A young woman struggles with her unconventional mom, her best friend's cold shoulder, and a fierce crush in this novel for teens set in Newfoundland.
At the onset of her grade 10 year, Flannery is delighted to be paired for a project in her entrepreneurship class with Tyrone, her goofy pal from childhood reinvented as a teen as a motorcycle-driving graffiti artist who turns the heads of girls everywhere, including orange-haired, pale, freckled Flannery's. Readers will feel her swooning in their knees from the evocative descriptions of Tyrone's sooty black lashes, big brown eyes, and curly black hair. This at first seems to set the stage for a simple romance, and the frenetic prose, overflowing with playful wordsmithing and exaggeration, sets a similar light tone. However, Flannery's close yet emotionally fraught relationship with her free-spirit mother packs a serious punch, and her shame and frustration at her family's poverty—her mother raises her and her younger brother with the help of public assistance—are stingingly real. Adding to this is Flannery's anguishing betrayal by her best friend, who completely loses herself in her first boyfriend. If readers stumble a bit as they acclimate to the gradual shift to drama, they will root for Flannery's honest kindness throughout.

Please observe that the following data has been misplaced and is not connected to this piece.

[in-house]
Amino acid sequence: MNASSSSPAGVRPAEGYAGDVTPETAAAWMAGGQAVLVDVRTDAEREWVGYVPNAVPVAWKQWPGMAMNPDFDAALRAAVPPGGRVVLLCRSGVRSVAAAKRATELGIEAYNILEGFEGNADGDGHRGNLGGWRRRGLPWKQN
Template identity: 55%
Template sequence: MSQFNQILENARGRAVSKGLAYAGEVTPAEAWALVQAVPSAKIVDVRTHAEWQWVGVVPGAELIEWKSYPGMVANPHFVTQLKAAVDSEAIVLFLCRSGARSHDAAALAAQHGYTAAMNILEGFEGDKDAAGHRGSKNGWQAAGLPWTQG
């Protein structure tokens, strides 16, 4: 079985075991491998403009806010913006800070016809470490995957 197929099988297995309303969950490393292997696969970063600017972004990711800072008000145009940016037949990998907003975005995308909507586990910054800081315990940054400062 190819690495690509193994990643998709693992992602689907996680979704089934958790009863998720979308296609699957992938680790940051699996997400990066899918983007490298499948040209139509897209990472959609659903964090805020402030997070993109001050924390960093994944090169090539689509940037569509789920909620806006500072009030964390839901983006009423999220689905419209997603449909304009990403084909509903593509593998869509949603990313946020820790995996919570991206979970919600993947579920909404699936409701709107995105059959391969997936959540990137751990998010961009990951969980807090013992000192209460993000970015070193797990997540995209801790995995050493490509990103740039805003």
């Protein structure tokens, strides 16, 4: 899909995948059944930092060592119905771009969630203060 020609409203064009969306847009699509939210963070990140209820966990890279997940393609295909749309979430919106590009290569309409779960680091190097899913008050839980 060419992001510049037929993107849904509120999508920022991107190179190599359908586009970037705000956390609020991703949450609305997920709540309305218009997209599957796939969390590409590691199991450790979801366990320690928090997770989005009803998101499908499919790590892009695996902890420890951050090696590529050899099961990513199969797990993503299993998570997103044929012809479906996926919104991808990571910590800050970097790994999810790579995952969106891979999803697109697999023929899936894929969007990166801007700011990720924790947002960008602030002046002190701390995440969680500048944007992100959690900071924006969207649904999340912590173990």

Smart, bold, heartbreaking—sophisticated teen readers will be wowed. (Fiction. 14-18)